A Brief History of Craft Beer
When you ask what is ‘A Brief History of Craft Beer’? First you have to ask, what is craft beer? Well it certainly isn’t your grandfather’s beer. Google defines craft beer as “a beer with a distinctive flavor, produced in small quantities and distributed in a particular region.” Craft beer is much more than just a good tasting beer. Craft beer is a culture that emulates brewing traditions of our ancestors and mixes them with new innovations. Craft beeris a community that connects us with enthusiasts from all across the world talking about our favorite styles and tastes. Craft beer is the American story, from its small beginnings filled with struggles to its rise to great power and influence. Let’s take a look back at its beginnings.
We actually have our grandparents’ generation to thank for the light and rather flavorless beers that are mainstream today. After the Volstead Act was thankfully struck down, people had lost the taste for full-flavored and heavy beers and wanted these lighter beers. Fast forward to the 70s, for a place that is considered the melting pot of the world, there were few representations of other countries’ brewing styles and you would be hard pressed to find anything other than a light lager on the shelves of any liquor store. Industry experts predicted that by 1980, there would only be 5 brewing companies supplying all of America.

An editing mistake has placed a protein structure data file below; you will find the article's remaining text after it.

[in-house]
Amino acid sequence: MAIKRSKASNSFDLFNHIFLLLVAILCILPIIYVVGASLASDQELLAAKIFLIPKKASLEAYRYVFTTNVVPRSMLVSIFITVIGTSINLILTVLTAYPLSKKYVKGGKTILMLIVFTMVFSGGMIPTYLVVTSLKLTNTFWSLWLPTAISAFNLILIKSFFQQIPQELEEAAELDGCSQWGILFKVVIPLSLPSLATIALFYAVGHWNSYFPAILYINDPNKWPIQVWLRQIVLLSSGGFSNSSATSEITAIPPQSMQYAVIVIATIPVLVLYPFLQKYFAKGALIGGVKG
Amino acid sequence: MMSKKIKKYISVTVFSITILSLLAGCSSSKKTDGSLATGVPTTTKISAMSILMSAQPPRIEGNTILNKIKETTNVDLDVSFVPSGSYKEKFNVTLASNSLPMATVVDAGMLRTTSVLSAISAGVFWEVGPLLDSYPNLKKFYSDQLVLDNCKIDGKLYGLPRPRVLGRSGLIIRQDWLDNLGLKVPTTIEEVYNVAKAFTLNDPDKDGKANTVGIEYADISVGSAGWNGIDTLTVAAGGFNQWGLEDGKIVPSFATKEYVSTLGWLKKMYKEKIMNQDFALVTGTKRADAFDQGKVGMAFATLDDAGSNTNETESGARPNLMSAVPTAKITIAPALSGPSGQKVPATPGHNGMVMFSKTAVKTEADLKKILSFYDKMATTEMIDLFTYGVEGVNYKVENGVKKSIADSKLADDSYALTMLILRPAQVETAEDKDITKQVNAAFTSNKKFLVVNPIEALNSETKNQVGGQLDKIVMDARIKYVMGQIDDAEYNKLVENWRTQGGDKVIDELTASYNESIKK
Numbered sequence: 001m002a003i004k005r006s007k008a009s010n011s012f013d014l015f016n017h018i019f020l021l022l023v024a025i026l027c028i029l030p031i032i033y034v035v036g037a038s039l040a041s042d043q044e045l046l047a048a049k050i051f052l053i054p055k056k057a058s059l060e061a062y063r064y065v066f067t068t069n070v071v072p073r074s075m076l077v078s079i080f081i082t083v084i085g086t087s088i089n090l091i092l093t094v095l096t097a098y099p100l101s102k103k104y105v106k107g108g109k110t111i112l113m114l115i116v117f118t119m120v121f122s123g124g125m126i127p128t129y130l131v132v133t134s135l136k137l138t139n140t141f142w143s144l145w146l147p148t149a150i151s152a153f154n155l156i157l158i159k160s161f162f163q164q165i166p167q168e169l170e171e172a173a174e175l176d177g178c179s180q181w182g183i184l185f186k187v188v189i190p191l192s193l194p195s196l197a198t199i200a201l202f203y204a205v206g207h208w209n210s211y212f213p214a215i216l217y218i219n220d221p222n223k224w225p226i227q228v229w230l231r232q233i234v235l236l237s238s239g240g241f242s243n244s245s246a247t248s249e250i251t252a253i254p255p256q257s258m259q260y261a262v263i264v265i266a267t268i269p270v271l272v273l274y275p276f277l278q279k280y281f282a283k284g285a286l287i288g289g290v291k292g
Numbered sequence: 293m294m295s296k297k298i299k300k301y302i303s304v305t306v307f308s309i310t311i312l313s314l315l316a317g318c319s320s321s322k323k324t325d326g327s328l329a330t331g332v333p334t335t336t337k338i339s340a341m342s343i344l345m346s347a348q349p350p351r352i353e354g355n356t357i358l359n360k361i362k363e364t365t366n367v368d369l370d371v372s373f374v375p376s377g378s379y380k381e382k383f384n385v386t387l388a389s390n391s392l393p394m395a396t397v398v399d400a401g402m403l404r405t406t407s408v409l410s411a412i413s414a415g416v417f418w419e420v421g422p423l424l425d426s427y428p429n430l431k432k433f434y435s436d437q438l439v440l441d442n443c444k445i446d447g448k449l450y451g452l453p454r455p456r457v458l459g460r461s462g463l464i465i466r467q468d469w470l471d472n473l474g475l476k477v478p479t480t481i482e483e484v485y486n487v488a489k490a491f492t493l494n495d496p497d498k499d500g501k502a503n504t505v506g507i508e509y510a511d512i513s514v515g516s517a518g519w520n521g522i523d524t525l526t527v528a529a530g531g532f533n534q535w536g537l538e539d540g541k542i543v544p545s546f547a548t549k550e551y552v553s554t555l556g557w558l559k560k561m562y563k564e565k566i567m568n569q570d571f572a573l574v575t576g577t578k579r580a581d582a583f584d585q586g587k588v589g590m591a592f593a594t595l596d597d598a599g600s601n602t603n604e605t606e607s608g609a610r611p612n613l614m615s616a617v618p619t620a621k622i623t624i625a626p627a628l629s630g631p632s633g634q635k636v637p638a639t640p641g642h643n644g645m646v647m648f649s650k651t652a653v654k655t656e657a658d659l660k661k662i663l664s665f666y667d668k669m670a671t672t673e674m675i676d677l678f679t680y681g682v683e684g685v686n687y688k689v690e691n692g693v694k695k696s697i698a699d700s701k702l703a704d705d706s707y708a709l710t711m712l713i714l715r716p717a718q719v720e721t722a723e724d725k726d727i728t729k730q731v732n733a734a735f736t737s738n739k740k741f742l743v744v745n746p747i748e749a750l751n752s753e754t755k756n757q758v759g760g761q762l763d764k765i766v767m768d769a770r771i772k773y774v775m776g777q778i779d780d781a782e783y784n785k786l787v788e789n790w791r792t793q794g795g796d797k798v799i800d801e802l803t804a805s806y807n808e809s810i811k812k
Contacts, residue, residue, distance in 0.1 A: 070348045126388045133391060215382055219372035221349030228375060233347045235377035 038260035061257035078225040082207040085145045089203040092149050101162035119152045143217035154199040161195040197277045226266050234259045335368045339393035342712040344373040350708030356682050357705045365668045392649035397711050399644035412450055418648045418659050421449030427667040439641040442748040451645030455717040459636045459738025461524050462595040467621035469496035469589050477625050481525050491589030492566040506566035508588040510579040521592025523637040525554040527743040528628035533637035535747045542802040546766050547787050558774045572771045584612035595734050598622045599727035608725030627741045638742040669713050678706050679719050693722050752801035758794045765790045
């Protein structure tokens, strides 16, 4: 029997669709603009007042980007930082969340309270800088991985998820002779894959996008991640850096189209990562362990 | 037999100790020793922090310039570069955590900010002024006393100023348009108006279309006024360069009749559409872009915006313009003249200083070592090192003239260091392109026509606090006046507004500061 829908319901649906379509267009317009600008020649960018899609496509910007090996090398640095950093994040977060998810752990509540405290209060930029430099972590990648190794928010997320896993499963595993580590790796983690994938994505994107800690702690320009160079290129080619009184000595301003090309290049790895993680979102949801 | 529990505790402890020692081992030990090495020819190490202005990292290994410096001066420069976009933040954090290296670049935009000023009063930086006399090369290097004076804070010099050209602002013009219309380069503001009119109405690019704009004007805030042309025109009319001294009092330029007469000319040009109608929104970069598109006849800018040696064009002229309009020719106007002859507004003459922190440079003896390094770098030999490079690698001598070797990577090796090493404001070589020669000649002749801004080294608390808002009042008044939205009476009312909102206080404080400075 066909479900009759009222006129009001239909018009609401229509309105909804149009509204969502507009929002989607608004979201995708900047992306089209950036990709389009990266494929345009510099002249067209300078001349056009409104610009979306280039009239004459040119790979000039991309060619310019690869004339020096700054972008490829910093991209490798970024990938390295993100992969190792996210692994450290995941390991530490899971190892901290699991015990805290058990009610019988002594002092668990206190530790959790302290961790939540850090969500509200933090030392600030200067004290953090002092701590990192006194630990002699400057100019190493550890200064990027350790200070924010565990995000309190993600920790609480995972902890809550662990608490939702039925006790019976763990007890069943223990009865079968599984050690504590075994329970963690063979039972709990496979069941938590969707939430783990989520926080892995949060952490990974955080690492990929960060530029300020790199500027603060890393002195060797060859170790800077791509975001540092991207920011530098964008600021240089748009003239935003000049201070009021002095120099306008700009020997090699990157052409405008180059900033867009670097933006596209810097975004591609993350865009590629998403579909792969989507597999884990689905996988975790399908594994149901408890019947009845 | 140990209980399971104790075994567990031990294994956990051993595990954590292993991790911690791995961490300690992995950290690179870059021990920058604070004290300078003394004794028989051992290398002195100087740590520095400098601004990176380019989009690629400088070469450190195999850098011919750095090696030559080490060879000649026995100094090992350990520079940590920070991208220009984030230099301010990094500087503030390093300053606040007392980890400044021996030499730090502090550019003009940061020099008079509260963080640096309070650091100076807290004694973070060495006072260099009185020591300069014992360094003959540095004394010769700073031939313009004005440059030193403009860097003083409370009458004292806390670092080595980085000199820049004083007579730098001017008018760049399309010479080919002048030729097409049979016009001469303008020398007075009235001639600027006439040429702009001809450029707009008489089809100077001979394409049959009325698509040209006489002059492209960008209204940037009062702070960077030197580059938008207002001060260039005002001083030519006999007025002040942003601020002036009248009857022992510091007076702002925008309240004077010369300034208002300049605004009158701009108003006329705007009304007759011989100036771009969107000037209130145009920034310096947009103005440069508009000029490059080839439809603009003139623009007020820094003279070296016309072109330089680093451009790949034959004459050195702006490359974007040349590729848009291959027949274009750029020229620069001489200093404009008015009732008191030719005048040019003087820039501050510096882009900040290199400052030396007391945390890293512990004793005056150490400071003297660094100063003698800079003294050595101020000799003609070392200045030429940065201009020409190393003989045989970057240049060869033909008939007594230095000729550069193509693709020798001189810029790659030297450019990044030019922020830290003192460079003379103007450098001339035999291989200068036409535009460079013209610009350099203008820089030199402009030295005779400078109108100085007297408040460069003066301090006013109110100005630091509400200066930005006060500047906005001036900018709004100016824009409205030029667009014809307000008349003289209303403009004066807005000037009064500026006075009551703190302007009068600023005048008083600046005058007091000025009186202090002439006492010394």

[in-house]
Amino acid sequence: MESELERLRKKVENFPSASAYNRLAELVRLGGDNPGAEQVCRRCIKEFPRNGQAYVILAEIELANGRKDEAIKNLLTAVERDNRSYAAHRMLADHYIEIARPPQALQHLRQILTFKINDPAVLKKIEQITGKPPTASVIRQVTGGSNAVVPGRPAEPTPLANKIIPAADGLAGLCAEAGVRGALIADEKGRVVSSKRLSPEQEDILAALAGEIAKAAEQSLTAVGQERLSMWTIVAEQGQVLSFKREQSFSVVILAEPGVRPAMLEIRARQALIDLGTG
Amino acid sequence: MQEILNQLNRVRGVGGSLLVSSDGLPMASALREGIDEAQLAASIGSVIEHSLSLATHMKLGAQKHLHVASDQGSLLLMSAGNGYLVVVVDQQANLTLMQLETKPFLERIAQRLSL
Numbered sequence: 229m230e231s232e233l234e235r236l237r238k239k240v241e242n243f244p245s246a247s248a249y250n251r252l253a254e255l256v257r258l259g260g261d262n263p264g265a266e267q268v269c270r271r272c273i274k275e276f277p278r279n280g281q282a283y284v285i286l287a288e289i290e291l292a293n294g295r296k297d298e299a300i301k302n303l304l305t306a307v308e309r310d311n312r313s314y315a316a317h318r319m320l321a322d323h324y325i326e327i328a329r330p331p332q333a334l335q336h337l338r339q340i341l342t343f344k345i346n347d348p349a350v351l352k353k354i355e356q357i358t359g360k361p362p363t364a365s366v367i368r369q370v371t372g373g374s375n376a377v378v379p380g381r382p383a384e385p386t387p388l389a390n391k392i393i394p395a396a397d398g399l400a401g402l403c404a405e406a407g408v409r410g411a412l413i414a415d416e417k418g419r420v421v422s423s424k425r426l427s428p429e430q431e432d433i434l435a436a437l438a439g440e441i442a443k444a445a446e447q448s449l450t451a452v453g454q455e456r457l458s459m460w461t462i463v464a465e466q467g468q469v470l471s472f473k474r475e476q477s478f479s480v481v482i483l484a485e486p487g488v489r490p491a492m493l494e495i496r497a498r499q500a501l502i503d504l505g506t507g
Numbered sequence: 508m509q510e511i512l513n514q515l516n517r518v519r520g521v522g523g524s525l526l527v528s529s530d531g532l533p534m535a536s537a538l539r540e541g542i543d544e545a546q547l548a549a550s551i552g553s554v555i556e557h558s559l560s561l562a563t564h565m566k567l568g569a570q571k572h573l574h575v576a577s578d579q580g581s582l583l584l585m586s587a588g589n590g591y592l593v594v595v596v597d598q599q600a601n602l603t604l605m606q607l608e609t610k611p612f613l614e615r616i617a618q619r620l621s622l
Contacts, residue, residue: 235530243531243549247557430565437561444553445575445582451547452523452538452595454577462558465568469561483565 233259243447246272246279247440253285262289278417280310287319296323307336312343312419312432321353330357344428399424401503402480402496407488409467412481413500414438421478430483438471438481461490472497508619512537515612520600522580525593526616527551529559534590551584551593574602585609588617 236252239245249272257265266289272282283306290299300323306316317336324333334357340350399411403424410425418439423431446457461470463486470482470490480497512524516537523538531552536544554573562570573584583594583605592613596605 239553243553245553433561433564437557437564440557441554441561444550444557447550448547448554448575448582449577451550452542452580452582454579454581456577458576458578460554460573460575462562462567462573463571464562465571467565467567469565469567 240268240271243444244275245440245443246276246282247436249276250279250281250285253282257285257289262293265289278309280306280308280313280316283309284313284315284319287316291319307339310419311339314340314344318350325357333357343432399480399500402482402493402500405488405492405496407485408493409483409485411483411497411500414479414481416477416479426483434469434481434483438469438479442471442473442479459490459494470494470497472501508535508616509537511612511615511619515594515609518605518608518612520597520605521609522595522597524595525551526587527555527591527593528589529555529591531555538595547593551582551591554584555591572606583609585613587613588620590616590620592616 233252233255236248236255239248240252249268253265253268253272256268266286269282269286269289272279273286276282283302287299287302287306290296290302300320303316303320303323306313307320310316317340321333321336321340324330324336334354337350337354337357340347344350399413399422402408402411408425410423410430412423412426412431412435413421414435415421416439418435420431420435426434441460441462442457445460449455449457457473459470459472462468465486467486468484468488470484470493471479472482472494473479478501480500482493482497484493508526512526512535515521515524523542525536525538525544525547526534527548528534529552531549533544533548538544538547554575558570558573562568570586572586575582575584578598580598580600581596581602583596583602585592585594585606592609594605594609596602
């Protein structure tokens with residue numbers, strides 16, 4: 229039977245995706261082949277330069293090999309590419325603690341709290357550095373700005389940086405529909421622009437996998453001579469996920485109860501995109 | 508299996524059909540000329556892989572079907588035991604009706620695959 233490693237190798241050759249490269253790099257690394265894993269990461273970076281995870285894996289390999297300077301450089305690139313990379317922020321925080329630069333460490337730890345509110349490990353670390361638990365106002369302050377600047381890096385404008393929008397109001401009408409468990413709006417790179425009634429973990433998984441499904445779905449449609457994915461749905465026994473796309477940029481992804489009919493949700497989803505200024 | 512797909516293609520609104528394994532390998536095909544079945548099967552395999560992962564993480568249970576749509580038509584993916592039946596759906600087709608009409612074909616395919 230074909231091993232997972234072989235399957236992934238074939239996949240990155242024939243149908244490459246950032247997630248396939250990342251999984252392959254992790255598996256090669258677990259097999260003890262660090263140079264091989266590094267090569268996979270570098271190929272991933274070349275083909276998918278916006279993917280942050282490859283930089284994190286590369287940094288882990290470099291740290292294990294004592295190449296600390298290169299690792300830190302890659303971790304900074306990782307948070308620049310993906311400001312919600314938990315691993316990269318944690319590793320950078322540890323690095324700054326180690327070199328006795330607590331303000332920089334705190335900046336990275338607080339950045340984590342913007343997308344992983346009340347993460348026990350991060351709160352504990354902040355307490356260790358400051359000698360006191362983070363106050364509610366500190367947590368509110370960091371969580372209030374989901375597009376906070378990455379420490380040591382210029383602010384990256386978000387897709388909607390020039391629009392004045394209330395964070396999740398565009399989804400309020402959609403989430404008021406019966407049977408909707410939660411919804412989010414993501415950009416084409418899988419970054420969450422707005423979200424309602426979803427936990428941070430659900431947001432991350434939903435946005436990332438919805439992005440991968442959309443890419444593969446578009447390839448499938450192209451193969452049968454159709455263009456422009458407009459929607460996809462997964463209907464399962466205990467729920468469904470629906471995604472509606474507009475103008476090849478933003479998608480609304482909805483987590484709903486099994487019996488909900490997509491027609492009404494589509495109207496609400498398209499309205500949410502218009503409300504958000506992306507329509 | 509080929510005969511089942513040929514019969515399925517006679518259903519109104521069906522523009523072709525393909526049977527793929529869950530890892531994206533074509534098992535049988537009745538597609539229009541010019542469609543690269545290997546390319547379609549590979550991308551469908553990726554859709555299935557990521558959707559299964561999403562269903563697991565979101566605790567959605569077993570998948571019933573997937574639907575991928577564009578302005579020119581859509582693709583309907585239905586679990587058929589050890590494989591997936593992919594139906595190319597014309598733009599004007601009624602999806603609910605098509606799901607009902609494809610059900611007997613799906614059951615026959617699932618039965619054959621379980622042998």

The future looked bleak for flavorful beer as these major breweries had cornered the market. However, like a trapped animal, beer enthusiasts proved to be most dangerous when cornered. In 1976, The New Albion Brewery of Sonoma, California opened its doors and started a taste revolution that would inspire a nation and start the craft beer movement. Sadly after 6 years, New Albion closed, but had laid the groundwork for the movement and showed that there was a market for the beer.
The 80s marked the Age of Exploration for craft brewers. They opened up brewpubs and breweries and produced a full-flavored beer and beers inspired by older European styles that the public hadn’t seen the likes of in decades. However, these small breweries struggled against the light beer giants, but their hard work was about to pay off.
In the 90s that the craft beer movement found its stride and took off like Usain Bolt. Since 1991, there has been an explosive growth in the number of craft breweries across the nation. From its humble beginnings in the 1980s, where there were only 8 registered craft breweries, to its current state with over 2,700 craft breweries, the craft beer movement has opened the eyes and palates of many to a whole new world of beer.